Guards allowed to give any punishment without justification
24.7 million live in poverty
Chronic Food shortages
Health Problems:Lack of Nutrition
Lack of safe shelter
Lack of Transportation and Electricity

Division of Korea
North Korea
Pro Western State
Lead by Syngman Rhee
Capital: Seoul

South Korea
Established under Soviet Auspices
Lead by Kim Il-Sung
Capital: Pyongyang
Democratic People's Republic of North Korea
Kim Il-Sung
Remodeled society under Juche
Radically nationalistic ideology promoting Korean autonomy
Control of all media
Restricted international travel
Seized all private property and organizations
Centralized power underneath the Worker's Party of Korea
Implemented a perpetual purge to get rid of internal opponents
Songbun System
Punished Free Speech- "Good Neighbors tell on Each Other"
Kim Jong-Il
Military First Policy
Exacerbated Famine
From the mid to late 90's over one million people died of starvation which is approximately 5% of their population
Stunted growth of an entire generation of North Koreans
Kim Jong-Un
Continued with the Military First Policy
New Policies to keep natives inside the country
Worst Famine: December 2011 to April 2012
is a category of its own, with no parallel in the contemporary world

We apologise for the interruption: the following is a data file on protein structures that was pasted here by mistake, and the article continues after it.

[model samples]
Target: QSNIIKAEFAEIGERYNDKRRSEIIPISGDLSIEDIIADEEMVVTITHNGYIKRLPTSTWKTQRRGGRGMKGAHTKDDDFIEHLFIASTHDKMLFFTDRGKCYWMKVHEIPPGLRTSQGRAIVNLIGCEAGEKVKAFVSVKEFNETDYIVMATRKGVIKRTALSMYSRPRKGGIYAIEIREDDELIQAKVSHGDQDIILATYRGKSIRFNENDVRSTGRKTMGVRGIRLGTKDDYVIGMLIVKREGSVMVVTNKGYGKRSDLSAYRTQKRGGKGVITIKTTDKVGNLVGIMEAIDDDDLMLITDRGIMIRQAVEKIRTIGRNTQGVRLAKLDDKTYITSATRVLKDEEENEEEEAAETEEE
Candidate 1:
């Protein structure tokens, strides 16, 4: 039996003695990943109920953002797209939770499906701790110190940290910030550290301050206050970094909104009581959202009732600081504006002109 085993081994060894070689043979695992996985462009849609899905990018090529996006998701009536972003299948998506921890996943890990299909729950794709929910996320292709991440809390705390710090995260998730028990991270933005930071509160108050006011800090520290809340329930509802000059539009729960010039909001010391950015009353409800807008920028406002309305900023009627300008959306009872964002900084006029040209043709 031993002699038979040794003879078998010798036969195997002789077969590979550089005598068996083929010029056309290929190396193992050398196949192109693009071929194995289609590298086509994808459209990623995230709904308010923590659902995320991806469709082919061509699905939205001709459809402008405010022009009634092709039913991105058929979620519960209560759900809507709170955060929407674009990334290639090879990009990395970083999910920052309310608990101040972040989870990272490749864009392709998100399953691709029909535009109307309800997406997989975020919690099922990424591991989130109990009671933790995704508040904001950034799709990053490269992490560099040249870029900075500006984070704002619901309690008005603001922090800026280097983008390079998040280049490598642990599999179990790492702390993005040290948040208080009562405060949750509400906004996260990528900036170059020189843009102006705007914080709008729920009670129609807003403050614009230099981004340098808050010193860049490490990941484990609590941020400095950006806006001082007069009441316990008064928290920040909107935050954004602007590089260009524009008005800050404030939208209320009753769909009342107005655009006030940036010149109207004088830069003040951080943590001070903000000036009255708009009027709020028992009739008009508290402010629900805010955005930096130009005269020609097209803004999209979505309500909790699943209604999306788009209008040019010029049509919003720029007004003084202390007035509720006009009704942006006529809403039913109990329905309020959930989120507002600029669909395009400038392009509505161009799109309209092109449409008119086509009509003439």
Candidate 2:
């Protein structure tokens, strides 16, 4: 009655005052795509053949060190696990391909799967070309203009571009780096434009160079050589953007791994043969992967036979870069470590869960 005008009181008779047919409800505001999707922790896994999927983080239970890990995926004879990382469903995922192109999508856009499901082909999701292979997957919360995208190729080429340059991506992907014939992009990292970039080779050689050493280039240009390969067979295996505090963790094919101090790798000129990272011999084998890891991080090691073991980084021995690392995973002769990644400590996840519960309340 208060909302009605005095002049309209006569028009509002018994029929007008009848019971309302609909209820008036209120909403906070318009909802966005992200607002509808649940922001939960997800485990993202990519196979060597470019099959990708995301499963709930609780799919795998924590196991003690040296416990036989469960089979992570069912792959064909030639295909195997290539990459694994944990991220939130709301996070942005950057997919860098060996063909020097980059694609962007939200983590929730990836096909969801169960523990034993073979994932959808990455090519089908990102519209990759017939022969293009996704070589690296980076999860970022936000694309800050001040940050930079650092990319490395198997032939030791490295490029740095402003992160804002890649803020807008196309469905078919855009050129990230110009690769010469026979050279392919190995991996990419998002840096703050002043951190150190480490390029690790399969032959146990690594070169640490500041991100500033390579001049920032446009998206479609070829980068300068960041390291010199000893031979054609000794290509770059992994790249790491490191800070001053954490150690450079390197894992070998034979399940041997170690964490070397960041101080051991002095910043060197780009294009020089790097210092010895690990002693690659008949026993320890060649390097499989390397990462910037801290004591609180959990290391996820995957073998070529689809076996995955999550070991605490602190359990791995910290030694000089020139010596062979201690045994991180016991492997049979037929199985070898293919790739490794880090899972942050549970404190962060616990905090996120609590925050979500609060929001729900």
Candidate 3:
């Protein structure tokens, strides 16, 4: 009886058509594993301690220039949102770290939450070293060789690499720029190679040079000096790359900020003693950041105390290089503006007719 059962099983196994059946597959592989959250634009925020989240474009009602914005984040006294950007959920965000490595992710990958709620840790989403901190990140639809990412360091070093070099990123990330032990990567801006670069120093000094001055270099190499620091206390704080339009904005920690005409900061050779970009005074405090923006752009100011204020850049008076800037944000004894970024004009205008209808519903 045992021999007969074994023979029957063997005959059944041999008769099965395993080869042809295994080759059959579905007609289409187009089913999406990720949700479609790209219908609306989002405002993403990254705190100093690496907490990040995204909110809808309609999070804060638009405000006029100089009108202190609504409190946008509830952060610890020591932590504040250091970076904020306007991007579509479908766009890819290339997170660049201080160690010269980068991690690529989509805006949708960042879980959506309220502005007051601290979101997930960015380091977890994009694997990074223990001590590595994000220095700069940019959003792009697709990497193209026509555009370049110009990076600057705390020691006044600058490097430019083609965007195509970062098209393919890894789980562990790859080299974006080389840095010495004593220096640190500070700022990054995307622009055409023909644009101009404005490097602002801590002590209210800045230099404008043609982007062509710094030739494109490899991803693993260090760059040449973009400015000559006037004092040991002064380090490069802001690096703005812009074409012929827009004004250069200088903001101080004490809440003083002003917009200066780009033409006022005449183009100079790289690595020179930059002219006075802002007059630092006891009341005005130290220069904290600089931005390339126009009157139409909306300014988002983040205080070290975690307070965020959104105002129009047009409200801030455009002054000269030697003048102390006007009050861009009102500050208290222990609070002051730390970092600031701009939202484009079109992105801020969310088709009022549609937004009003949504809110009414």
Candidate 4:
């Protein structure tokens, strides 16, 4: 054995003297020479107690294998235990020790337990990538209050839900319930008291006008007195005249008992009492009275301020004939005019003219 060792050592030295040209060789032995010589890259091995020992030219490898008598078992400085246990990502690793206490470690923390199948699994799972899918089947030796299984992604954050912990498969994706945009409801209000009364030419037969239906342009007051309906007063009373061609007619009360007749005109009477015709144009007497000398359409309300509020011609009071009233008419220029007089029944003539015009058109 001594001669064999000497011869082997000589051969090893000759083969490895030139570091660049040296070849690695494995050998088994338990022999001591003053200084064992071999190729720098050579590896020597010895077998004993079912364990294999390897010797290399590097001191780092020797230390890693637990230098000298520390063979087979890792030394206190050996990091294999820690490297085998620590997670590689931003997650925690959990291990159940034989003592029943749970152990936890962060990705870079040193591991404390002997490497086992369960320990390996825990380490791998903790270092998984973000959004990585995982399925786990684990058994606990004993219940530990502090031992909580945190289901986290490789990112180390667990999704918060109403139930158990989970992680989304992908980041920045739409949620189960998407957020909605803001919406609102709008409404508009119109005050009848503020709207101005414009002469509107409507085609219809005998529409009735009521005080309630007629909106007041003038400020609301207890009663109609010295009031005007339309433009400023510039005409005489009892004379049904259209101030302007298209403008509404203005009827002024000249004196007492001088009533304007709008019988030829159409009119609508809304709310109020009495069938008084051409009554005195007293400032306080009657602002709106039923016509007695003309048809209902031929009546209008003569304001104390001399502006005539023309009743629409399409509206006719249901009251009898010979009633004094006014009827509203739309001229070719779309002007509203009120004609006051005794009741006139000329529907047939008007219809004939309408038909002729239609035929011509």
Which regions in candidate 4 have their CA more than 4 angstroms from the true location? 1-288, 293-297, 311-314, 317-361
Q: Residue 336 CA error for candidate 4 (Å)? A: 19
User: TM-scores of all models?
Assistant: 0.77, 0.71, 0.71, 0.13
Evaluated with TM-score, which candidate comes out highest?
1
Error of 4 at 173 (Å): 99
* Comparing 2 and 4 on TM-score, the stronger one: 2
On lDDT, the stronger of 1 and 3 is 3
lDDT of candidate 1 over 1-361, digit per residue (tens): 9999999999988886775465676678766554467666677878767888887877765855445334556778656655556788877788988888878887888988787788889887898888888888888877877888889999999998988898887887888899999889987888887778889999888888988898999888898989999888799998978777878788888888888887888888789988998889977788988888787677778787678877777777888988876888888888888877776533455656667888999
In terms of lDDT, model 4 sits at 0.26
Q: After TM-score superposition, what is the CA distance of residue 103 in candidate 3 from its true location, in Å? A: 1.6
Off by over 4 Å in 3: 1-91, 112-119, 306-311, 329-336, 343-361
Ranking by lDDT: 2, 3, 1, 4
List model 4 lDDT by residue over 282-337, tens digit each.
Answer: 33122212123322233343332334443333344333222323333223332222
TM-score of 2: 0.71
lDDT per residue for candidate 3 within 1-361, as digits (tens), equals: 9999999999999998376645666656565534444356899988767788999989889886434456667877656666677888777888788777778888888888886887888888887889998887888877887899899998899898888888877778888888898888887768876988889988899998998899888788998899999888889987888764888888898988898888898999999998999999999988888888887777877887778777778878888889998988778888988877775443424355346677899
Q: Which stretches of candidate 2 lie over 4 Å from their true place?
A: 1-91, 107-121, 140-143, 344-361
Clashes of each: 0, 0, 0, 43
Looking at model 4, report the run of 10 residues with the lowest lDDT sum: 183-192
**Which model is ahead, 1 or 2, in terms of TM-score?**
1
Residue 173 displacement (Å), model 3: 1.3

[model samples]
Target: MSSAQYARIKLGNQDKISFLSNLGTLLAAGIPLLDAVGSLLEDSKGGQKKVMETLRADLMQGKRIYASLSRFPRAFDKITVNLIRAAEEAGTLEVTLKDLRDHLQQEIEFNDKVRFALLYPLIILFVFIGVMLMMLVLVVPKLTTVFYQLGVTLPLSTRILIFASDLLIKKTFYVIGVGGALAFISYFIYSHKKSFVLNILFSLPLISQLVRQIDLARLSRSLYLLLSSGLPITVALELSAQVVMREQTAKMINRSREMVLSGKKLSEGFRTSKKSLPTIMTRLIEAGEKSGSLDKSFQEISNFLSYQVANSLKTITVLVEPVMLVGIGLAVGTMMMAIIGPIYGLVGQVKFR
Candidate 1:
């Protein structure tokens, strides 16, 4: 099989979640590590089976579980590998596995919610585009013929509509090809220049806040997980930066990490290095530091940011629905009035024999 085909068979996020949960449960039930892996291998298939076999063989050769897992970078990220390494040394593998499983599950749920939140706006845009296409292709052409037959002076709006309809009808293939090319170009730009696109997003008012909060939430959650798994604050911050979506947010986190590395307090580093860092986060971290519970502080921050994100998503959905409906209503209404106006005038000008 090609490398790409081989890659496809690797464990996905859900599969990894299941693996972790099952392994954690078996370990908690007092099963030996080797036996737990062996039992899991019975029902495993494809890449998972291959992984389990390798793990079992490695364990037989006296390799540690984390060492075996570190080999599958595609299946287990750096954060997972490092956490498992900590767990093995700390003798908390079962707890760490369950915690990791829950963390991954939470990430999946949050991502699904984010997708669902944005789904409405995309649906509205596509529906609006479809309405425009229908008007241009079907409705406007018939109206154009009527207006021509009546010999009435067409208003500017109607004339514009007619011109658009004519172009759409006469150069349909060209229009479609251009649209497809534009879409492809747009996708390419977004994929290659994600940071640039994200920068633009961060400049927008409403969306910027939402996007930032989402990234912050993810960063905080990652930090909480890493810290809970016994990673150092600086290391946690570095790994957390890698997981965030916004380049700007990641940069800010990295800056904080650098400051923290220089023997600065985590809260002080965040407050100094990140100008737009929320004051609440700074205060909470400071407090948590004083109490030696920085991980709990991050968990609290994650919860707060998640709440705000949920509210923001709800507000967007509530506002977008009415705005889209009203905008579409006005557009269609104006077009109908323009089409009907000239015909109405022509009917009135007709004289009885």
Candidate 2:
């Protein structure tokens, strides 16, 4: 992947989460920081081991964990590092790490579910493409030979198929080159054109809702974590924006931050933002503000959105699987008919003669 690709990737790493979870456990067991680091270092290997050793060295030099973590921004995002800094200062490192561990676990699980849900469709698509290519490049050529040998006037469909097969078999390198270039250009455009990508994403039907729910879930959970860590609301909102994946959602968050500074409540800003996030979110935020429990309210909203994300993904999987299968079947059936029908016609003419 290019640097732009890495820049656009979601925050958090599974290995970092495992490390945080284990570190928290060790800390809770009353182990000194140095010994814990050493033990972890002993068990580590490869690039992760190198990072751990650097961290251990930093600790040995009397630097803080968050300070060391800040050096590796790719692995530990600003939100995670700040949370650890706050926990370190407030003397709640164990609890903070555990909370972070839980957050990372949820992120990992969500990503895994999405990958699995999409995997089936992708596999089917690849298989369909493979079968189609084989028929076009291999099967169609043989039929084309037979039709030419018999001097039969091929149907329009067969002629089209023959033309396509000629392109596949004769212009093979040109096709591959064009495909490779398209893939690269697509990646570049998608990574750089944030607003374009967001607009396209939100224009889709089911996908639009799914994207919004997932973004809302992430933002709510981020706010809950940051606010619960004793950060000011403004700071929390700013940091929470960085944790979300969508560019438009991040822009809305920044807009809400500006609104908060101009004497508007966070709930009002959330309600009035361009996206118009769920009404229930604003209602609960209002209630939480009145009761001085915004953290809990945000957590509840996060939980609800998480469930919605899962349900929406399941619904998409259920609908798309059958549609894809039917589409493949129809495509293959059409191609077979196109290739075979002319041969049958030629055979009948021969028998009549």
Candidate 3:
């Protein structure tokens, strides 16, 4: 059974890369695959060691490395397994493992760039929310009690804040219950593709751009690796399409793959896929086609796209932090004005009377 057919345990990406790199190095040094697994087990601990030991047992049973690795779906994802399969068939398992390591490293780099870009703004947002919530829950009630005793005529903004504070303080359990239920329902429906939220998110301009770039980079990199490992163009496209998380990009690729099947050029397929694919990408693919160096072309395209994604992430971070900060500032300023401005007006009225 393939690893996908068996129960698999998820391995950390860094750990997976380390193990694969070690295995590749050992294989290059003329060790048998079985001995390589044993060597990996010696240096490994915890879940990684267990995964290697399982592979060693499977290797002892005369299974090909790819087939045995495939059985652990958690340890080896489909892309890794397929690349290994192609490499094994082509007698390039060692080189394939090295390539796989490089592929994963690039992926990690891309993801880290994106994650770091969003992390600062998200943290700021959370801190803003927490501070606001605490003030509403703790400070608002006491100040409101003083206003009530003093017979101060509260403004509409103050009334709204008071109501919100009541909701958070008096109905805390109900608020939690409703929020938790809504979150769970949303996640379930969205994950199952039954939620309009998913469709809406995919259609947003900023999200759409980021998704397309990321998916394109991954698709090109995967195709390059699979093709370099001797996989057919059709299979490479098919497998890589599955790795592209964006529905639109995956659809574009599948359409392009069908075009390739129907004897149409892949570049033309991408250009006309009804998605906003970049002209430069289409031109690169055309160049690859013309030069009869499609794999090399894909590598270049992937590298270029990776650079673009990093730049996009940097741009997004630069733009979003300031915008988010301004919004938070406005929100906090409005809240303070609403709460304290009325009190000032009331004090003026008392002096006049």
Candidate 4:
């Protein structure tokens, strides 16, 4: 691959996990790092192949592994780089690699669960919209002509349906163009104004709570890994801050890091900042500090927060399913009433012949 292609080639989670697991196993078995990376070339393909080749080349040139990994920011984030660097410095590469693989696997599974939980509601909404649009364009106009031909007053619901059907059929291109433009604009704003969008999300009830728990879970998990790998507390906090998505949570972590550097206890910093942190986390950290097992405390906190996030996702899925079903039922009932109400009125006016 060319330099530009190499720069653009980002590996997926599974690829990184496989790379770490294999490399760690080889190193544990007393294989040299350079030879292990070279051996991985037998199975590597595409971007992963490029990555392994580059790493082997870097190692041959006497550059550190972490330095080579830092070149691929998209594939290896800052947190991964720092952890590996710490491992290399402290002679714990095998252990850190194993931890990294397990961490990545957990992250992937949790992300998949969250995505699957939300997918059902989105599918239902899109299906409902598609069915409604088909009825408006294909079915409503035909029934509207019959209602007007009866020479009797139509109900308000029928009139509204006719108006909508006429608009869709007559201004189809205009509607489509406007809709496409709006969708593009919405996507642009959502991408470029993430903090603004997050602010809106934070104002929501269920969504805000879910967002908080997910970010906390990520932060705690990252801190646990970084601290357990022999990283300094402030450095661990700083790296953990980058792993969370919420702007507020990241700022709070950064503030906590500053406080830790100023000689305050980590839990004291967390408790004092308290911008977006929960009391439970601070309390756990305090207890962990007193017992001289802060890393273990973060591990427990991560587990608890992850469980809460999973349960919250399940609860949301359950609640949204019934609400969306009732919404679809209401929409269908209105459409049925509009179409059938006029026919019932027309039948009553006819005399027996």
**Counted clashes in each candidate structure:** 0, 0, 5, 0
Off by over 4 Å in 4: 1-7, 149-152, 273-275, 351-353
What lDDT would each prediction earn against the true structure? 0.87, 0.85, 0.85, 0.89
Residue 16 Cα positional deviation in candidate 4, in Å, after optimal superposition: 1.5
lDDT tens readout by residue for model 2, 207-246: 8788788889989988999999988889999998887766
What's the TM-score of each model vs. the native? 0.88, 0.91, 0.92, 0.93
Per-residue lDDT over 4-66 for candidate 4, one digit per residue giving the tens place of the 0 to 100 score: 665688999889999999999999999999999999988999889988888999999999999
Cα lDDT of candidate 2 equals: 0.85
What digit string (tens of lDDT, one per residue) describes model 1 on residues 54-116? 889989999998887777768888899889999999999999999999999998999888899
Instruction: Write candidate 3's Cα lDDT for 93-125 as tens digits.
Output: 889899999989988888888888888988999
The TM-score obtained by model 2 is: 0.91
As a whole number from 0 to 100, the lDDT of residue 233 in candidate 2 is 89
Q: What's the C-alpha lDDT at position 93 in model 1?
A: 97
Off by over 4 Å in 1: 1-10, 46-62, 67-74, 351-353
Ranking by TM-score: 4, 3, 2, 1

The Lack of Government
The failure in regulating leadership leads to:
State interests facing arbitrary arrest
Lack of due process
Collective Punishment
Human Rights Watch
International Labor Organization
Human Rights UN

Take action by informing others

We must act as human beings

Organizations are here to help

Be the Change
Death Penalty and the Criminal Code
80,000-120,000 people are imprisoned
The Ministry of People's Security

Acts as law enforcement agency
Institutes creation of concentration camps
Receives direct funding from government and Kim family
Hires guards to keep victims in camps
Public Executions
Why are they executed?
The Ministry of People's Security
Under jurisdiction of First Secretary of the Worker's Party

Operates under National Defense Commission

The Ministry has complete authority of the operation/maintenance of camps

Regulates access into and out of the camps

Built electric fences around all major concentration camps in 1988
United Nations Involvement in North Korea
Aftermath of People Who Escape
Sex Trafficking
Stateless Children
Created an international council of delegates for peace talks

UN Council sent 4,000 troops to protect borders

In 2010, United States with UN approval flew drones to identify North Korean concentration camps
(e.g. Hoeryong, Yodok, and Pukchang)

2004 and 2008 North Korean Human Rights Act Signed
1. The criminal penal code expands to include non-violent offenses.
2. As collective punishment,
three generations of your family
can be punished for 'anti-state' or 'anti-socialist' crimes.

3. Undetected abuse occurs on a daily basis.
4. Kwan-li-so camps have never been acknowledged.

of North Korean women escapees ended up becoming victims of human trafficking
Full transcript